Friday 11 June 2010

Guitarmageddon, Round II

Mods vs Rockers, Punk vs Prog, East 17 vs Take That, musical history is littered with bitter conflict between violently opposed groups of fans, and the console age has added Guitar Hero vs Rock Band to the list. Pitched battles between gangs wielding plastic guitars, savage drumstick beatings, microphone cable garrottings, none of these things have happened, but some people have been quite cross on the internet and made some rather strongly worded forum posts castigating the rival franchise, sometimes even with multiple exclamation marks to really drive the point home.

Rock Band was the first full band game, of course, and has a formidable library of downloadable songs (over 1,100 apparently); Guitar Hero by contrast have released more individual game discs, drawing accusations of pumping out lazy sequels, milking the franchise etc. Were I to be a US-based XBox 360 owner I’d probably be firmly in the Rock Band camp, but seeing as the Wii version of Rock Band 2 took over a year to make it to the UK, arriving after Guitar Hero 5, I’m pretty evenly split between the two, though I’ve since found that Rock Band’s ever-growing array of downloadable content gives more reason to head back to it.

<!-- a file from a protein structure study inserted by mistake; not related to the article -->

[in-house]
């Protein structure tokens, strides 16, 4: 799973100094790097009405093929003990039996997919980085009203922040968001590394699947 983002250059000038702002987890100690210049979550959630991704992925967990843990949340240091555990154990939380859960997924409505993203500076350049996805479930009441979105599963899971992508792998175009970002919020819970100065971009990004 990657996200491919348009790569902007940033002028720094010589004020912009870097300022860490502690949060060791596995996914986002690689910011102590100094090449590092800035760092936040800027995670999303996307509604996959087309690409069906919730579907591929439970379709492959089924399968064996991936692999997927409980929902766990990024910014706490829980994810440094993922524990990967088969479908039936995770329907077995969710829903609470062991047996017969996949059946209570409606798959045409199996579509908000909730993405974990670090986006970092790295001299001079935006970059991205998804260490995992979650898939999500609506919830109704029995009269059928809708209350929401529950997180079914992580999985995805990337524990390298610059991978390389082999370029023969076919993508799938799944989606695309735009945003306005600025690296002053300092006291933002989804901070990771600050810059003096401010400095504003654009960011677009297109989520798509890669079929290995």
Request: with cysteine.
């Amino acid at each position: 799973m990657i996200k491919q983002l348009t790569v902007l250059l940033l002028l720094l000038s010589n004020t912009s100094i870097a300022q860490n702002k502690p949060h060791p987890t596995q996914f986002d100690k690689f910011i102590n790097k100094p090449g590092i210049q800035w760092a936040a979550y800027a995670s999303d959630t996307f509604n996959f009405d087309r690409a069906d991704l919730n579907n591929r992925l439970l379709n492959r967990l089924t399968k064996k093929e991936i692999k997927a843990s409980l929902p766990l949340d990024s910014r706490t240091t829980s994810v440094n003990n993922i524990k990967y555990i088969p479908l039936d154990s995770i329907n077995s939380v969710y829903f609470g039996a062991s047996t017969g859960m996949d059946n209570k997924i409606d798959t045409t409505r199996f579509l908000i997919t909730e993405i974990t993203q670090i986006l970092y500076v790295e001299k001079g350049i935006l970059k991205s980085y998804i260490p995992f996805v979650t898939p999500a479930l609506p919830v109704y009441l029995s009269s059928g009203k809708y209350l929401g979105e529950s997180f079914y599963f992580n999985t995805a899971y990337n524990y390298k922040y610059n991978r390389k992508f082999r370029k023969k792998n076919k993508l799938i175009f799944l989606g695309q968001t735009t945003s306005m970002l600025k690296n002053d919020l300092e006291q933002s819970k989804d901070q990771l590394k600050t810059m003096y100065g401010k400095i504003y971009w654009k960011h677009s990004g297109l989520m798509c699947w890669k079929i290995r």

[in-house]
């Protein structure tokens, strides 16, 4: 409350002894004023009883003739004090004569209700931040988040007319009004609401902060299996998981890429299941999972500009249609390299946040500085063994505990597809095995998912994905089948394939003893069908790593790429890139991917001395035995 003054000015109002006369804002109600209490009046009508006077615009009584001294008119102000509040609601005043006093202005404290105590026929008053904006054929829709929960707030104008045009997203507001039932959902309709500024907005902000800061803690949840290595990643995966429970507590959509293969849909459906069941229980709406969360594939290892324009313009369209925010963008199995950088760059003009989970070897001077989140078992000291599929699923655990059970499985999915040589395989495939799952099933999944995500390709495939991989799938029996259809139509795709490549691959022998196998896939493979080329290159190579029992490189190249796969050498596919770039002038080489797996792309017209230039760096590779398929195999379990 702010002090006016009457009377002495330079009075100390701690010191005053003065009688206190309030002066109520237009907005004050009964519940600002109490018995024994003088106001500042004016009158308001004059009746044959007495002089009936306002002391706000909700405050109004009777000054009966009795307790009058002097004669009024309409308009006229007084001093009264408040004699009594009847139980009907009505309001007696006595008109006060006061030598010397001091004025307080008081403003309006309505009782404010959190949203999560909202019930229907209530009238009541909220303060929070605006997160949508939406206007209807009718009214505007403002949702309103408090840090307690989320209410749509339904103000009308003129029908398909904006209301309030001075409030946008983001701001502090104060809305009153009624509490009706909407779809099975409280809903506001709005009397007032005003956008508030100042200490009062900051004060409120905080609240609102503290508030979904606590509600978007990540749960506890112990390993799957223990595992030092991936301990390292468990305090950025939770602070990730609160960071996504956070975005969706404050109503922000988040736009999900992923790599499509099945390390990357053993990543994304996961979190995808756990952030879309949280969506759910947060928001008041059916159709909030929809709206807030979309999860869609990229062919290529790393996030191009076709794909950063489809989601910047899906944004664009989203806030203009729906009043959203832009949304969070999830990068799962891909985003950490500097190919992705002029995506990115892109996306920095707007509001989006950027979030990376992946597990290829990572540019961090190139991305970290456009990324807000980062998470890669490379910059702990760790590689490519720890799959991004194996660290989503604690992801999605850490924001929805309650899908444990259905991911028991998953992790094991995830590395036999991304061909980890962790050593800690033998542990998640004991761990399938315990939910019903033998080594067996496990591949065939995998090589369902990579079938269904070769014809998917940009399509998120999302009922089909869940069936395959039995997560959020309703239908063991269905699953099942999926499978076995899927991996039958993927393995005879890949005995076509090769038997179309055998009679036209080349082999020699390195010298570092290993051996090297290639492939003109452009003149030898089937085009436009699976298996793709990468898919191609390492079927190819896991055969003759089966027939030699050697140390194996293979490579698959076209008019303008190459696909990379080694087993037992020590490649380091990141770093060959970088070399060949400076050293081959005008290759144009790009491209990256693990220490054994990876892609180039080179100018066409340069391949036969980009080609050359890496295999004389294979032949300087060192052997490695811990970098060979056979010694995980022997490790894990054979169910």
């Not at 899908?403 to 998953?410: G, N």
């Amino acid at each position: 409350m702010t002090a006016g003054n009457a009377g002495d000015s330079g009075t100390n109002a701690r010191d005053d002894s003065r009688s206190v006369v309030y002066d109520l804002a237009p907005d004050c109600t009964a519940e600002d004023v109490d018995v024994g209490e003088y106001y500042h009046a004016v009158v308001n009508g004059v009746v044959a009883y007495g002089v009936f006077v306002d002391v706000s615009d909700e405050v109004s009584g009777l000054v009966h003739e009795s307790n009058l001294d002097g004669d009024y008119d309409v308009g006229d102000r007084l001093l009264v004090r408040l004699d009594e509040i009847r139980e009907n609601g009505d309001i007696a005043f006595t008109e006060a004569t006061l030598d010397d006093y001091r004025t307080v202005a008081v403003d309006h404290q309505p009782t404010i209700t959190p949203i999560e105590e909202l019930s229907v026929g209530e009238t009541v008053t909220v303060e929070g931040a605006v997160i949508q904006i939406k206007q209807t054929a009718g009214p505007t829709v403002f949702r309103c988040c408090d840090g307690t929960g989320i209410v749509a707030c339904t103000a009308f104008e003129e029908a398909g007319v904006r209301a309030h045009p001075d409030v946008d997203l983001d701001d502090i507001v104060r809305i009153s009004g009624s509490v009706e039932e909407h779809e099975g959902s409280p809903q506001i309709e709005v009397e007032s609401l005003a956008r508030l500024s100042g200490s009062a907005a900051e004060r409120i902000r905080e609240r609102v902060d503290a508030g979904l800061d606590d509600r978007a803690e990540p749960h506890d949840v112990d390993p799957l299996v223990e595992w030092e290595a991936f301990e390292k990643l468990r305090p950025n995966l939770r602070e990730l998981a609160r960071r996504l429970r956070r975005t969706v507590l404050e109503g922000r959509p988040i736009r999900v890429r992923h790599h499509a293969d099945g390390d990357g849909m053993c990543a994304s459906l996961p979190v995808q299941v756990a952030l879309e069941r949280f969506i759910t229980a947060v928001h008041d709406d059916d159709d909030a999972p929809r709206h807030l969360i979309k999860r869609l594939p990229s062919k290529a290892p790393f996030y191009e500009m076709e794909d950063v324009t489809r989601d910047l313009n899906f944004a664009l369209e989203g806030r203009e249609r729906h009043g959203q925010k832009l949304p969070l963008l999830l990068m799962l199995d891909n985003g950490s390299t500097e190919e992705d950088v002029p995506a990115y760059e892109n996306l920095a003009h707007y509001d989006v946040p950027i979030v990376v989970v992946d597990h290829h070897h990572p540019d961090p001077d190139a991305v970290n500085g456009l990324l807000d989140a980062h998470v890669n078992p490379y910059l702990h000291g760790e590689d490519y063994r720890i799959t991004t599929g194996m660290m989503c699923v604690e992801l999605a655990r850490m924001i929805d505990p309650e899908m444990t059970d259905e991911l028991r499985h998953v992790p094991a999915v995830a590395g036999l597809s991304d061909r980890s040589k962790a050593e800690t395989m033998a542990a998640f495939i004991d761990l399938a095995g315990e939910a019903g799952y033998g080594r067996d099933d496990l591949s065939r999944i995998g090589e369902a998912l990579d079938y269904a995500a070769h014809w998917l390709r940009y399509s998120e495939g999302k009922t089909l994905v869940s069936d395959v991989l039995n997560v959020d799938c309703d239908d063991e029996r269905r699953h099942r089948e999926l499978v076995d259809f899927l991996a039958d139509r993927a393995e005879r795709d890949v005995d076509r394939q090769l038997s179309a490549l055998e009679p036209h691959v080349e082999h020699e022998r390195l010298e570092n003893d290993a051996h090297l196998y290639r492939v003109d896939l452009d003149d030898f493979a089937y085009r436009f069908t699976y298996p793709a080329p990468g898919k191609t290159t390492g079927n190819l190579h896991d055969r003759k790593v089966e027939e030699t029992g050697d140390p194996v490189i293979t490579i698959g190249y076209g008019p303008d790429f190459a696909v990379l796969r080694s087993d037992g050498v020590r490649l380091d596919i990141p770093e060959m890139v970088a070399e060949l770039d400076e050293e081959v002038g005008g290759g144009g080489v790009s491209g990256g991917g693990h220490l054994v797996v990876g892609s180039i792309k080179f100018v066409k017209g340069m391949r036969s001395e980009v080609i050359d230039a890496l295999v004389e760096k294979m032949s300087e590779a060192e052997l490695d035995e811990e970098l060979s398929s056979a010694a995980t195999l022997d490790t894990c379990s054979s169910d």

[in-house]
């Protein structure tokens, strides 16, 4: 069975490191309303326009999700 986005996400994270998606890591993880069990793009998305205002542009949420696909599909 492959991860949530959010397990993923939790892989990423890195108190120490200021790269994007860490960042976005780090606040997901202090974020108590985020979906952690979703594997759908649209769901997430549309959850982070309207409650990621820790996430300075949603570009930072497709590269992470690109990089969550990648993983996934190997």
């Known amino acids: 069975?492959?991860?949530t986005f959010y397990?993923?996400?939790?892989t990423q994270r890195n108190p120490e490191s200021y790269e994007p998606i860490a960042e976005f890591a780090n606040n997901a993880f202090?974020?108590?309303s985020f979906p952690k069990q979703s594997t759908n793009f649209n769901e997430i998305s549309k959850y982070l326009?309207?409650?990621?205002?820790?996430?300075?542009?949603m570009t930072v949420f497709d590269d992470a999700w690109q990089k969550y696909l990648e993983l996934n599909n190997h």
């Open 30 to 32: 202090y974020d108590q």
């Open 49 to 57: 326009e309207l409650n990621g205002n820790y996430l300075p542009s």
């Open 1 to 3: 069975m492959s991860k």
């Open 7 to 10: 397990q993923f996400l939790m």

As E3 kicks off, the two titans are once again squaring off. I can’t recommend Plastic Axe highly enough, it’s a really excellent site and there’s a whole stack of exciting news there as details of Rock Band 3 emerge. Harmonix are picking up many of the nifty features of Guitar Hero 5 like making it easier for people to drop in and out of playing, change difficulties on the fly etc. They’re improving the song sorting and selection, plenty of general quality of life issues to make it a better experience. Those alone would be welcome.

They’re also adding a whole new instrument, keyboards, with a full two-octave controller with MIDI-out. To go with that is a “Pro” mode; it looks like at the easier levels you can mash one of a bunch of keys grouped into the usual red/green/yellow/blue/orange colours, but in Pro mode you’re pretty much playing the actual notes of the song.